Caribbean Regional Social Marketing Project (CARISMA II)
Stigma and discrimination against people living with HIV/AIDS (PLHIV) is a significant human rights issue in the Caribbean, leading to workplace discrimination, denial of housing or school admission, and social ostracization. Adolescents and young adults have been shown to hold particularly stigmatized attitudes toward PLHIV. These social constructs deter PLHIV from seeking social support and care, which in turn can cause greater risk of transmission and morbidity. Fostering care and compassion toward PLHIV is important not only for social cohesion, but for public health.
The Pan-Caribbean Partnership Against HIV/AIDS (PANCAP) and the Caribbean Regional Social Marketing Project (CARISMA) had previously launched a successful anti-discrimination media campaign from 2006-2009. HDI, in collaboration with Guyana-based Astroarts International Marketing and REACH Caribbean, adapted and modernized this campaign in five English-speaking Caribbean nations (Antigua and Barbuda, Dominica, Grenada, Guyana, and Saint Lucia) in 2012. Applying consortium expertise in marketing and communications, the campaign targeted youth aged 16-24 to foster accepting attitudes toward PLHIV. Project activities consisted of:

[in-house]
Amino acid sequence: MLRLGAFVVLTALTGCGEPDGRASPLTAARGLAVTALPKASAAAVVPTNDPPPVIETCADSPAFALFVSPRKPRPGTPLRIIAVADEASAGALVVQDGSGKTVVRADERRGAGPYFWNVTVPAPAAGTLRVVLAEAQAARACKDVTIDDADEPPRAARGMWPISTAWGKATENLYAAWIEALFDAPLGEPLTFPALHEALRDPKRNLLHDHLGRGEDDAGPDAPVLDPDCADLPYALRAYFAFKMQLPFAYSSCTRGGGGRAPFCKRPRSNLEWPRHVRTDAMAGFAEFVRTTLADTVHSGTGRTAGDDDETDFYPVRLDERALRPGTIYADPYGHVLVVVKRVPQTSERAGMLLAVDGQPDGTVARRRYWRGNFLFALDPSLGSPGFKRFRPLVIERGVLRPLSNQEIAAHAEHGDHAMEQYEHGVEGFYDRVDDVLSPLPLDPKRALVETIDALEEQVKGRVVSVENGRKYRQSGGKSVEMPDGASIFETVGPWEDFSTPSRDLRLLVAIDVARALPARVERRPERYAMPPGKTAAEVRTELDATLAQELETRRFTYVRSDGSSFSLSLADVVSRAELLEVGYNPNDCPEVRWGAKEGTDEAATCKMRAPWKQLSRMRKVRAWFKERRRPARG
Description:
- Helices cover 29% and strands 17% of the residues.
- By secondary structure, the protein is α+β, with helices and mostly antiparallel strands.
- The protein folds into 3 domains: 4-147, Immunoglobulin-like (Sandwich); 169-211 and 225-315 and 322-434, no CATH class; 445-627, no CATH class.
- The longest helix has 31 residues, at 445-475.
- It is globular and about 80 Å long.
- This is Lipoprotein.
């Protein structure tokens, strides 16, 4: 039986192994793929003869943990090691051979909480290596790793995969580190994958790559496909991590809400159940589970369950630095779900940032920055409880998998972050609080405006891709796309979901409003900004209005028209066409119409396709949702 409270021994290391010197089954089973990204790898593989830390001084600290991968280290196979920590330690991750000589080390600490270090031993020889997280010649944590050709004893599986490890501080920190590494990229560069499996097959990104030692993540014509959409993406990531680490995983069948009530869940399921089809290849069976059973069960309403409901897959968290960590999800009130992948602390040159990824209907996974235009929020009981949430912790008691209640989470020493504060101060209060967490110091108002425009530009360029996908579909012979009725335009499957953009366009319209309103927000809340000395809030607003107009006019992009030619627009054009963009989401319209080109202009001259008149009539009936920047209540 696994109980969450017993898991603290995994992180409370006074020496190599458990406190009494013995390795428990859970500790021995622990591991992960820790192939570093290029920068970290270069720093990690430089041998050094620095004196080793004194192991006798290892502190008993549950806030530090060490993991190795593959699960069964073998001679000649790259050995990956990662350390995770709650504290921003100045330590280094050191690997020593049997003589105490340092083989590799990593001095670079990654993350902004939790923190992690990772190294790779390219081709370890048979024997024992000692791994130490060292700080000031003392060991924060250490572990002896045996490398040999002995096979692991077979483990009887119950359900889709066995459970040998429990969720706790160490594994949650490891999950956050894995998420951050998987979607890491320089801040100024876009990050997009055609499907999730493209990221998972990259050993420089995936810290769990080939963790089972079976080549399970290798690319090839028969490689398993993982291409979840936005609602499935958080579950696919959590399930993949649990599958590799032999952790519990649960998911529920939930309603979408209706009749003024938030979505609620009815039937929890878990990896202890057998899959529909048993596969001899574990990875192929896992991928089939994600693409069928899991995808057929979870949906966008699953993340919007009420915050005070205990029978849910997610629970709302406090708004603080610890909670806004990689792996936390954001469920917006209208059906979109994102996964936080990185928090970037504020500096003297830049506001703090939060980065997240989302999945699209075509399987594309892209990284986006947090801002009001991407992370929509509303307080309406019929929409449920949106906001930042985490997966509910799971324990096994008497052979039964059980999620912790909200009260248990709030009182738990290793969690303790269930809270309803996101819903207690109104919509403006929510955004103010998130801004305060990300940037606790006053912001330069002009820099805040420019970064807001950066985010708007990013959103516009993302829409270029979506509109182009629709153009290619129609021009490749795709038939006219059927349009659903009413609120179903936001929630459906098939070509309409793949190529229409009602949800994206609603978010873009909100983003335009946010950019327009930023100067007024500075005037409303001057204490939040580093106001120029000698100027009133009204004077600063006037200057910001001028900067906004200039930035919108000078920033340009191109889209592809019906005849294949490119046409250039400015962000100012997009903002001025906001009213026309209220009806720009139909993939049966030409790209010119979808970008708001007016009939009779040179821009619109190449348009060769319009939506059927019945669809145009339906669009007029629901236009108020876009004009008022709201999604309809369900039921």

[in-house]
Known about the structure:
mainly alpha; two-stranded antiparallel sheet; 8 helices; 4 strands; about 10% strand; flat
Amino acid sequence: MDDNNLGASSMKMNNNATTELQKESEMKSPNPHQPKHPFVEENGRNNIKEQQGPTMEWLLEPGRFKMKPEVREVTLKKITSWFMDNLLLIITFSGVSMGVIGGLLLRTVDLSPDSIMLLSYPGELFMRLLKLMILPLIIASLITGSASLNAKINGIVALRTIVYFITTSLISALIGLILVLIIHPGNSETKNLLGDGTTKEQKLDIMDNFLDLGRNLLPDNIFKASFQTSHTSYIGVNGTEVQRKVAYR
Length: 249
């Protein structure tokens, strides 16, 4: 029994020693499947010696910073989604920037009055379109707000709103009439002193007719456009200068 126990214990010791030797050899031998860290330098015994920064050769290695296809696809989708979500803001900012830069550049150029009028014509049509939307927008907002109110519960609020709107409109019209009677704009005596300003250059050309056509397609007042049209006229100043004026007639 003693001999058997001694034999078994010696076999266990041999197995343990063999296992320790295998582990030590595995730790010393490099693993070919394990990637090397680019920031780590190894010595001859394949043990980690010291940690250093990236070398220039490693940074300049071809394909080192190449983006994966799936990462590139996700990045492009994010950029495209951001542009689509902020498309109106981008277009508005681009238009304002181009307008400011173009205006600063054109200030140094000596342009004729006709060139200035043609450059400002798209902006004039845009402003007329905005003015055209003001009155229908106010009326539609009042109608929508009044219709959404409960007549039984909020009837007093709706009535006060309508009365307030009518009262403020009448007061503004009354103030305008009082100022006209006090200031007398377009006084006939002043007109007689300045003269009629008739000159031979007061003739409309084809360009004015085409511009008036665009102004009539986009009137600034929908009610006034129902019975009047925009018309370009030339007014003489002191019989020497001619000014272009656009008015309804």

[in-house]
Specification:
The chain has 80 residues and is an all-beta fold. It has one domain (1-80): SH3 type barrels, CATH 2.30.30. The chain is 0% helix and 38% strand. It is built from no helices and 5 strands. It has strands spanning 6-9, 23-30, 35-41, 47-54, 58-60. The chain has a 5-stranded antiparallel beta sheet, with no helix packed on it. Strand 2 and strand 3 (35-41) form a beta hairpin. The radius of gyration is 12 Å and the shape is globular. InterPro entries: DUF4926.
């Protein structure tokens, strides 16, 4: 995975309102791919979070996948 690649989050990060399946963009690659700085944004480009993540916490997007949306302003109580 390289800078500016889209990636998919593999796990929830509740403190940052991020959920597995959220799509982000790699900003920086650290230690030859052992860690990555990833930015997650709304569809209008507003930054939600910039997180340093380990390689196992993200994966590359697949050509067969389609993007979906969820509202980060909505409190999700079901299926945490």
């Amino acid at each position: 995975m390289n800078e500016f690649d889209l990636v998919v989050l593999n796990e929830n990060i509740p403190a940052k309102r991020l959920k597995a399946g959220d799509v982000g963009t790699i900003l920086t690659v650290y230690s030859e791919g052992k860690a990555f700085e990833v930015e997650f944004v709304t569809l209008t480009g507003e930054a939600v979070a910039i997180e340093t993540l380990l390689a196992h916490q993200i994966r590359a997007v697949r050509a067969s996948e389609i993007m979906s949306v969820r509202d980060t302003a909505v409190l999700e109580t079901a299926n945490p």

Stakeholder assessments in each program country and engagement of regional stakeholders.
Engaged and trained youth ambassadors to support research activities.
Conducted formative qualitative research to assess knowledge, attitudes, and perceptions of HIV-related stigma among youth.
Evaluated the previous PANCAP/CARISMA campaign and identified points of strengthening.
Informed key messages for media campaigns that most resonated with the target audience.
Launched a media campaign that incorporated social media, TV, radio, and print to encourage acceptance and compassion for PLHIV.
Conducted post-evaluation research to assess recall and attitudes of the target audience after program launch.
In post-evaluation research, 87% of the target audience sample saw or heard different aspects of the campaign at least three times, indicating high visibility. Nearly 50% of the sample also reported that they would be likely to support PLHIV and speak out against discriminatory behavior. Overall, 90% of the sample population agreed that the campaign is raising awareness about the negative social and emotional effects of HIV discrimination.